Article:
All business continuity professionals should be aware of an important new technology that is quickly changing the way many IT organizations operate. Virtualization has become increasingly popular in recent years, enabling IT organizations to reduce costs and recovery times. Avalution takes a closer look at this technology and how it can help disaster recovery.
What is Virtualization?
Most organizations typically have a “one-application, one-server” approach in place, where each application has its own server (or servers) to run from. This approach reduces the risk of applications interfering with each other as they run. However, utilization of the server’s resources (such as processor time) is often less than 10%. Virtualization software works by enabling organizations to place several “virtual” servers onto one “physical” server, thus allowing one processor to serve several server instances and enabling resource utilization to jump to 75-80%. For all intents and purposes, virtual servers are completely independent of one another, they just happen to share the same physical server resources.
How Virtualization Works
Virtualization starts by taking all the content normally on a hard drive and storing it as a single file. While the file is often very large, it is all that’s needed to start running that virtual machine. As a result, the file can be placed on a physical server and “run” using virtualization software.
Most servers today are capable of virtualization, and only need enabled by a software package called a hypervisor. The hypervisor is software whose only job is to allocate physical resources to virtual machines. The hypervisor also enables management of each virtual server so it can be “powered down” and “restarted” without affecting the other virtual servers on the same box, just like they would normally be powered down if on separate boxes.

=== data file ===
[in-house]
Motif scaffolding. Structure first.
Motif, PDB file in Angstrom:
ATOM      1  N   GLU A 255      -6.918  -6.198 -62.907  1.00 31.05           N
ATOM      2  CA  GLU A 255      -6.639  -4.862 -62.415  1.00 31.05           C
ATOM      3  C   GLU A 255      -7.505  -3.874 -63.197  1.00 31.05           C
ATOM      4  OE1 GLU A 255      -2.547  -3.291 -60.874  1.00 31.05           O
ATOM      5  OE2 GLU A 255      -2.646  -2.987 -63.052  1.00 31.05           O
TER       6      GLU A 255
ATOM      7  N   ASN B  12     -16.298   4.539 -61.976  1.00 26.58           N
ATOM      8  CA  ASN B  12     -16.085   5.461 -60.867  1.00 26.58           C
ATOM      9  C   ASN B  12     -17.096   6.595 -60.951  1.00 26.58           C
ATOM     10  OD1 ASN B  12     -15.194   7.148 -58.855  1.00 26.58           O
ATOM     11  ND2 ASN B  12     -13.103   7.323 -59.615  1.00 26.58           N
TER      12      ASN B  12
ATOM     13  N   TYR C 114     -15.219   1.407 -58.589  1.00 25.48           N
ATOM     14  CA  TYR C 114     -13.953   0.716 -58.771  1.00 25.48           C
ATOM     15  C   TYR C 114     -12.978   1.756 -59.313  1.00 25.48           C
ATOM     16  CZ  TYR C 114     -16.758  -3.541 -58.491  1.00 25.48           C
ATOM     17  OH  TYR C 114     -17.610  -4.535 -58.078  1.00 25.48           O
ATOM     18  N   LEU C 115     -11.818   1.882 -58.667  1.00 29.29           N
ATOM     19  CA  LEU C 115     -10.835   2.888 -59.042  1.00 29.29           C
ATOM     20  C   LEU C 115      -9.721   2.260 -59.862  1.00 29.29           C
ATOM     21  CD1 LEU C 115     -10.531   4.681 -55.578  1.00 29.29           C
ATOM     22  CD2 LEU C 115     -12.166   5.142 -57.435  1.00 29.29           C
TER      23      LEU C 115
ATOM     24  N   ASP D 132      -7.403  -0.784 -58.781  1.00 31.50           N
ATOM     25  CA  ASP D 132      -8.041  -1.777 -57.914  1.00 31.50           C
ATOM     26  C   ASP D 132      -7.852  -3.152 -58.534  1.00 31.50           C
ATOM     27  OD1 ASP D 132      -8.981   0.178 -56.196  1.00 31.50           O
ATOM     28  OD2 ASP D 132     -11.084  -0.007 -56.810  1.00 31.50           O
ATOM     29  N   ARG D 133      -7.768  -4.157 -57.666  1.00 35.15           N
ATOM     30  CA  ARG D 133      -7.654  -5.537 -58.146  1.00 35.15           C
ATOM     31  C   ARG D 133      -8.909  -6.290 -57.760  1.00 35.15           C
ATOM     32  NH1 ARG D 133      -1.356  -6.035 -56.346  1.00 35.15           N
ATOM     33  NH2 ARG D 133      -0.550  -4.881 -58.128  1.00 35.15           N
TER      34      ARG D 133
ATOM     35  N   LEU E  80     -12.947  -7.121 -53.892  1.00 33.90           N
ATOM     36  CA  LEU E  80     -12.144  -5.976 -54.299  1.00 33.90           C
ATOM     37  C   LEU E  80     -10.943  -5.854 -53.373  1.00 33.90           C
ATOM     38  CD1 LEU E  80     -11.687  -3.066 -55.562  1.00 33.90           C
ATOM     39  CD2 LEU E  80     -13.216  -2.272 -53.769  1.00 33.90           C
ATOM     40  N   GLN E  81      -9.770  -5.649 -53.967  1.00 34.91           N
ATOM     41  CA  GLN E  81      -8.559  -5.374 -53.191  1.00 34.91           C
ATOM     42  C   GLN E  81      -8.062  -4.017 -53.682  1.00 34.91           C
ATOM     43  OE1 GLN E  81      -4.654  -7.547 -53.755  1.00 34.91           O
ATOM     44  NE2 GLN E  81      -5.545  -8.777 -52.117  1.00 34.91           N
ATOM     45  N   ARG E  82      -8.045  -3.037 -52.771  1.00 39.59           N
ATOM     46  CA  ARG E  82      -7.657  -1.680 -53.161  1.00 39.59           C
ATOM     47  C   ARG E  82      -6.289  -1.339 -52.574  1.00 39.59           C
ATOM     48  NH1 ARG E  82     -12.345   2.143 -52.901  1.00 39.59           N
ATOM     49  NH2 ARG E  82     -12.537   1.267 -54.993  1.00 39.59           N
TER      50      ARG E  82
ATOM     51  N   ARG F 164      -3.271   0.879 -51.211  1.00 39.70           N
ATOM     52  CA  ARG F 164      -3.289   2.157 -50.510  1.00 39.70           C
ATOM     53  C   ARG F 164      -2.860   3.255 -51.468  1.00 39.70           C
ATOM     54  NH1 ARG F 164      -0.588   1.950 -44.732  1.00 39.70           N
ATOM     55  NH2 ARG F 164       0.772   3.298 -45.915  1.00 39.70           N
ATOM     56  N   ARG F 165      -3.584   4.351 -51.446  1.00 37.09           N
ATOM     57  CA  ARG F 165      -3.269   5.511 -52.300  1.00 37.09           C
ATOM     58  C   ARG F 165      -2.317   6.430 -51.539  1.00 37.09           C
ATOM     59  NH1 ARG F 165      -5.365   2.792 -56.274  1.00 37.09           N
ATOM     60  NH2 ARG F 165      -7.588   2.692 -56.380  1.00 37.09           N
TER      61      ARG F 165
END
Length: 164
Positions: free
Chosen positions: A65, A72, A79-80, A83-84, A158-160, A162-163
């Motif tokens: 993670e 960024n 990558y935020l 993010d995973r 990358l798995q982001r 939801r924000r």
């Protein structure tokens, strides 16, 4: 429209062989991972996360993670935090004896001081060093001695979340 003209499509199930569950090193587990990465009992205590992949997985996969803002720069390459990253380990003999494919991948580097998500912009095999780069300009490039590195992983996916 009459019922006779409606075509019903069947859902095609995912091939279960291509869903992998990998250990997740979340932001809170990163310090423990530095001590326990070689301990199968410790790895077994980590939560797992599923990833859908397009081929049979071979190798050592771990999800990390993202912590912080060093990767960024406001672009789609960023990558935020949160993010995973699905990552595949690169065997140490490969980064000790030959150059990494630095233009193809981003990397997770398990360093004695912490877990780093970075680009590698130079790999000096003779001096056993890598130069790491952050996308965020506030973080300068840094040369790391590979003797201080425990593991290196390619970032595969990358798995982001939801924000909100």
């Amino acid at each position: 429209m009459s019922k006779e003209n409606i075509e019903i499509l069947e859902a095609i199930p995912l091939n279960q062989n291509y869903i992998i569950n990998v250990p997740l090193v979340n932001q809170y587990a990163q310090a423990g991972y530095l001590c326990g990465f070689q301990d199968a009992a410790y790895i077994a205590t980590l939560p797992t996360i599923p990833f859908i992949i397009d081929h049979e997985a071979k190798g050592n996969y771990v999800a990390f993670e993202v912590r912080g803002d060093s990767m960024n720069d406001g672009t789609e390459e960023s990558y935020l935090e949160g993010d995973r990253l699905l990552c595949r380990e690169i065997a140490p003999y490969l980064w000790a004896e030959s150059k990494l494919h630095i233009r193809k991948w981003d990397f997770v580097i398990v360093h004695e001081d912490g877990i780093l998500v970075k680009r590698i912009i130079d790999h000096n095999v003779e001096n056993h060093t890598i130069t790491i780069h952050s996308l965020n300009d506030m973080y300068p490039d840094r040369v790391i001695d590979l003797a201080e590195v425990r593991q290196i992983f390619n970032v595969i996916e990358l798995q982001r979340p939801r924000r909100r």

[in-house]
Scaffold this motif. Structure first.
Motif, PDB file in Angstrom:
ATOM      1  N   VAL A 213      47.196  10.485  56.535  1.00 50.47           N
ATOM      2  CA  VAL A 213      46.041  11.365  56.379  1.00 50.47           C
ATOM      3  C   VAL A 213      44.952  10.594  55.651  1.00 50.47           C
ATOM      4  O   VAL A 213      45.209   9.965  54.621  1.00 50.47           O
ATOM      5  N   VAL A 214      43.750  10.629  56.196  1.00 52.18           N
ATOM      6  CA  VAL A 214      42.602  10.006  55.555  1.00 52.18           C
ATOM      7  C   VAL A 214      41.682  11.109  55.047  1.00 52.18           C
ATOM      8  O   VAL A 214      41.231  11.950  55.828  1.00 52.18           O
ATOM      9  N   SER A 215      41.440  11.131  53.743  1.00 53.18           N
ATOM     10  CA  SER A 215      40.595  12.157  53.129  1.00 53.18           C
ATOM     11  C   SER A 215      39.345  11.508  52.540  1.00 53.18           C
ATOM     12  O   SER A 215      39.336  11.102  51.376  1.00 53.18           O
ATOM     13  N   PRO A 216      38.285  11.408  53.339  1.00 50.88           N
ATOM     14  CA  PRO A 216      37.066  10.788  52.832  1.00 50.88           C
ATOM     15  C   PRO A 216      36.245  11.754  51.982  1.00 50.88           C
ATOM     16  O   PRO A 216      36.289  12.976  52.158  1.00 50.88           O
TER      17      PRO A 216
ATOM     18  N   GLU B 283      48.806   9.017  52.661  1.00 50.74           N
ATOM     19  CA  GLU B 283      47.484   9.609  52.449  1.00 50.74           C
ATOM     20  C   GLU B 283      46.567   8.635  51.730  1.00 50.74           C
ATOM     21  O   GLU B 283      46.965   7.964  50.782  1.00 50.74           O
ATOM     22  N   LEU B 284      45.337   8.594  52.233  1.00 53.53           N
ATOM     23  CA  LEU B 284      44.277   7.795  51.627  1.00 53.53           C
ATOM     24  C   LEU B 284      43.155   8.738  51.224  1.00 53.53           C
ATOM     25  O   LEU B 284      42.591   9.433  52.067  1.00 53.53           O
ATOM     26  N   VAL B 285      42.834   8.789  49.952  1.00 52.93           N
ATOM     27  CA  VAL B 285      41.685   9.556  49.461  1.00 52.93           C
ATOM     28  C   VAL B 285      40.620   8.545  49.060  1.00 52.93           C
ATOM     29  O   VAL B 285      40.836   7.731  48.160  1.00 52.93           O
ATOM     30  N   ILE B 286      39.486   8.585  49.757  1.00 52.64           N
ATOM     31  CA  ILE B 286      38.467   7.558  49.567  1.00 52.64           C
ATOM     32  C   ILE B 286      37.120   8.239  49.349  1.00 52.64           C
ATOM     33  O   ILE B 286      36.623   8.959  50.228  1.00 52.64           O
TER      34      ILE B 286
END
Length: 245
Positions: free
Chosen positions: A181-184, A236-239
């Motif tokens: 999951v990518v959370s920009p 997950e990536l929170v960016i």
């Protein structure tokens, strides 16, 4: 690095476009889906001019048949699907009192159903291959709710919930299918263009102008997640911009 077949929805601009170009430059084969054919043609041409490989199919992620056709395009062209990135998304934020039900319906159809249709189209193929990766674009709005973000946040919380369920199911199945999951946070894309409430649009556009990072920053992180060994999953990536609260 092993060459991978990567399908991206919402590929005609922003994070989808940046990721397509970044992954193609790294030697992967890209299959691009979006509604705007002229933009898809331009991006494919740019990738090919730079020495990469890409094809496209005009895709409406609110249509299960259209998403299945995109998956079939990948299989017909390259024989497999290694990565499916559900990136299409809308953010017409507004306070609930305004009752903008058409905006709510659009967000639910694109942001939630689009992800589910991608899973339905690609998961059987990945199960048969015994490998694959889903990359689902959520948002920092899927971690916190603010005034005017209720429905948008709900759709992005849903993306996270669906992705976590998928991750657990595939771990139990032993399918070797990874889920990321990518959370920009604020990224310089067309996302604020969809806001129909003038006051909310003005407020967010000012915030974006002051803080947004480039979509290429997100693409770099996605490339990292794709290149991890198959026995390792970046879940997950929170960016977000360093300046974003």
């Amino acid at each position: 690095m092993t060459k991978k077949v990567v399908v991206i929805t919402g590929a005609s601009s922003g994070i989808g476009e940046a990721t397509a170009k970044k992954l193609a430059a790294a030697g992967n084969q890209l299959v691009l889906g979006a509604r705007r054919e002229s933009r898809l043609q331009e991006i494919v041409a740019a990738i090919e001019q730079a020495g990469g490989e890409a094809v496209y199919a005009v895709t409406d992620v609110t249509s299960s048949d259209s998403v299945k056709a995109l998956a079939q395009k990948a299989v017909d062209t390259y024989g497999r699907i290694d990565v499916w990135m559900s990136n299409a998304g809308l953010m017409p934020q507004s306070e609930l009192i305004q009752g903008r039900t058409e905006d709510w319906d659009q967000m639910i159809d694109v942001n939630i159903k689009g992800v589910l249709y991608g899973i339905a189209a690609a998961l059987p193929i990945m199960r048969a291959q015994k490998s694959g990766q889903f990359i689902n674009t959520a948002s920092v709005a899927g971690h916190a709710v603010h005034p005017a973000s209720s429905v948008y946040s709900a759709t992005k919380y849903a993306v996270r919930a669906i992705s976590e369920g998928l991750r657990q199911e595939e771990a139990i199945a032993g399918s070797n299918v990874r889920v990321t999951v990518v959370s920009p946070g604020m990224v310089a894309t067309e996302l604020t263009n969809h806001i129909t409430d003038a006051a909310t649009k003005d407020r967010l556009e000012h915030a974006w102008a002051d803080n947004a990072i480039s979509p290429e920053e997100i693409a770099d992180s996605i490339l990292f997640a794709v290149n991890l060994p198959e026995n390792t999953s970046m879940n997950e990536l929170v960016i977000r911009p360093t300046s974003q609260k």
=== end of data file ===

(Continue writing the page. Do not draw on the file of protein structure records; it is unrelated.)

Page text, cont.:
Another tool, offered by industry pioneer and leader VMWare, is called VMotion. VMotion utilizes a common set of storage space to enable the seamless move of a virtual server from one physical server to another server. This is particularly useful for physical server maintenance, or for recovering virtual servers hosted on a machine that fails.
How Virtualization Can Reduce Recovery Costs and Enable Shorter Recovery Times
Because the entire server is represented by a single file, backup and recovery is greatly simplified. Some organizations backup the single file so the entire application is in one snapshot; others continue to backup each individual virtual server. Regardless of the approach, recovery is as easy as restoring the file and starting the server. This eliminates the time needed to reconfigure applications and reset databases. In addition to speeding recovery times, virtualization is also helping IT Infrastructure managers save money.
The servers used to run virtual machines may be individually more expensive (they can range anywhere from $10,000-$30,000 depending on processor size/speed and other features), but the ability to combine as many as 20 physical servers onto one physical server significantly reduces the cost of purchasing individual servers for each application (which can run anywhere from $5,000 to $10,000). Further, organizations using virtualization often report significant cooling and space savings as well, which can be extremely beneficial for organizations running out of space and/or using datacenters not necessarily designed with the ideal cooling, protective environment.
Virtualization can be a significant upfront investment, but the short-term and long-term cost savings are usually substantial. In addition, virtualization makes it significantly easier to deploy new servers, as virtual machines can be created much more quickly than ordering a physical server can take. Finally, the recovery benefits of virtualization are also significant – lower recovery times and less recovery equipment needed. Is your organization making the most of virtualization?
Robert Giffin & Stacy Gardner
Avalution Consulting: Business Continuity Consulting